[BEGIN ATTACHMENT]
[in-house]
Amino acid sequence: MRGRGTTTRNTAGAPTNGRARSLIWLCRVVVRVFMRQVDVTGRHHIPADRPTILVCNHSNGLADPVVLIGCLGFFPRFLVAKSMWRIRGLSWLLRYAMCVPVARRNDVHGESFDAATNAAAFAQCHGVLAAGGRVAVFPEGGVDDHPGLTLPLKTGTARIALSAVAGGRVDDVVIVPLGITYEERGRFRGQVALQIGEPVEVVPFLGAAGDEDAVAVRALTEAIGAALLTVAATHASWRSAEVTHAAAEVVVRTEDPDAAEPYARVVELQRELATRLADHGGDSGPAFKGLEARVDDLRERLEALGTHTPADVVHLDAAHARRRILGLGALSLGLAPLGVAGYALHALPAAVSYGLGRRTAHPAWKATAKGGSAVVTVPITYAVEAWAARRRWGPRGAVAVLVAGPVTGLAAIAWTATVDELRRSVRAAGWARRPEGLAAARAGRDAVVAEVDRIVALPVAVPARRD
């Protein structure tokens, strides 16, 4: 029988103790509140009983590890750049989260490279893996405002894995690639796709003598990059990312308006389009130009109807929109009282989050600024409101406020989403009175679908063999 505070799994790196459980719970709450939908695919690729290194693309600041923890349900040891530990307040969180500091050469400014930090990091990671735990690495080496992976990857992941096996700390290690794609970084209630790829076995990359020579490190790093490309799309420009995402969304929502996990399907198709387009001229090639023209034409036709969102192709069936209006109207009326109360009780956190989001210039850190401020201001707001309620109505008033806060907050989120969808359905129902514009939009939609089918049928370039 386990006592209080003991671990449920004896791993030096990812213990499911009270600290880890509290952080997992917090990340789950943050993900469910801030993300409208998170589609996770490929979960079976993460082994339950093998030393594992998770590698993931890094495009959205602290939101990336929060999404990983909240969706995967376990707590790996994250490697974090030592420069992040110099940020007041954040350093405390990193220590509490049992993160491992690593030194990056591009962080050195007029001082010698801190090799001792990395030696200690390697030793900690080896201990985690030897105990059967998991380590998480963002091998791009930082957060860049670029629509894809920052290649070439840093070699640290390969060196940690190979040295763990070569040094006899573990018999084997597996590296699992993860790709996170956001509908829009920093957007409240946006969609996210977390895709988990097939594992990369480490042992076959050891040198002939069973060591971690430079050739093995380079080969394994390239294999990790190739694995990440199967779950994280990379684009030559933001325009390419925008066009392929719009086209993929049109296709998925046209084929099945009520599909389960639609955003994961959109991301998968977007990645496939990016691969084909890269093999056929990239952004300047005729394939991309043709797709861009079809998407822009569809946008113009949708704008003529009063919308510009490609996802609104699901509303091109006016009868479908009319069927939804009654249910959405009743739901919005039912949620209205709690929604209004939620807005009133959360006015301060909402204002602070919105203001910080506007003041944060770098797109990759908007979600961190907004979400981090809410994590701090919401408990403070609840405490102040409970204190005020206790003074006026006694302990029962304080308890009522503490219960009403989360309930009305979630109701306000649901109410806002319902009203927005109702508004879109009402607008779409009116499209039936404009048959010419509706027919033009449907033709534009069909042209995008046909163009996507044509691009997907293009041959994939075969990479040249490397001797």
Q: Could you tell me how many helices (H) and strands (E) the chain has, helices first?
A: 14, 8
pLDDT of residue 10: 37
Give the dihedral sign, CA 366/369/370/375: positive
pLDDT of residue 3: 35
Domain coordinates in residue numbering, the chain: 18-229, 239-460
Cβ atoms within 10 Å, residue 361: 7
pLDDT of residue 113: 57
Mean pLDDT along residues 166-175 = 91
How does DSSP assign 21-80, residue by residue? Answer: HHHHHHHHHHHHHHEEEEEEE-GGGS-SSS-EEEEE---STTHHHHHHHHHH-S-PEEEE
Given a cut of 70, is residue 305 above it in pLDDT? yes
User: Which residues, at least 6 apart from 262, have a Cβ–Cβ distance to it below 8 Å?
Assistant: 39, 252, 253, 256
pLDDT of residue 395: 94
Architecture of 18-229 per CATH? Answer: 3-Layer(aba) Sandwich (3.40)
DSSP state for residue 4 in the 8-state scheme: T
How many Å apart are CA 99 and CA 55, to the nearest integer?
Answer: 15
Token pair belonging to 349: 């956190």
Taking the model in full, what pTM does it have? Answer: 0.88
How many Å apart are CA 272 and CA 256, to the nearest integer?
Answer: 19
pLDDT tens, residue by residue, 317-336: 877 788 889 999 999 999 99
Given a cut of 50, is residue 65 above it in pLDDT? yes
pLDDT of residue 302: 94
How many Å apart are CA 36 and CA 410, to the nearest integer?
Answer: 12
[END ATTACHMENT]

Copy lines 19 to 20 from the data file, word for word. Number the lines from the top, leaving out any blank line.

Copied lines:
DSSP state for residue 4 in the 8-state scheme: T
How many Å apart are CA 99 and CA 55, to the nearest integer?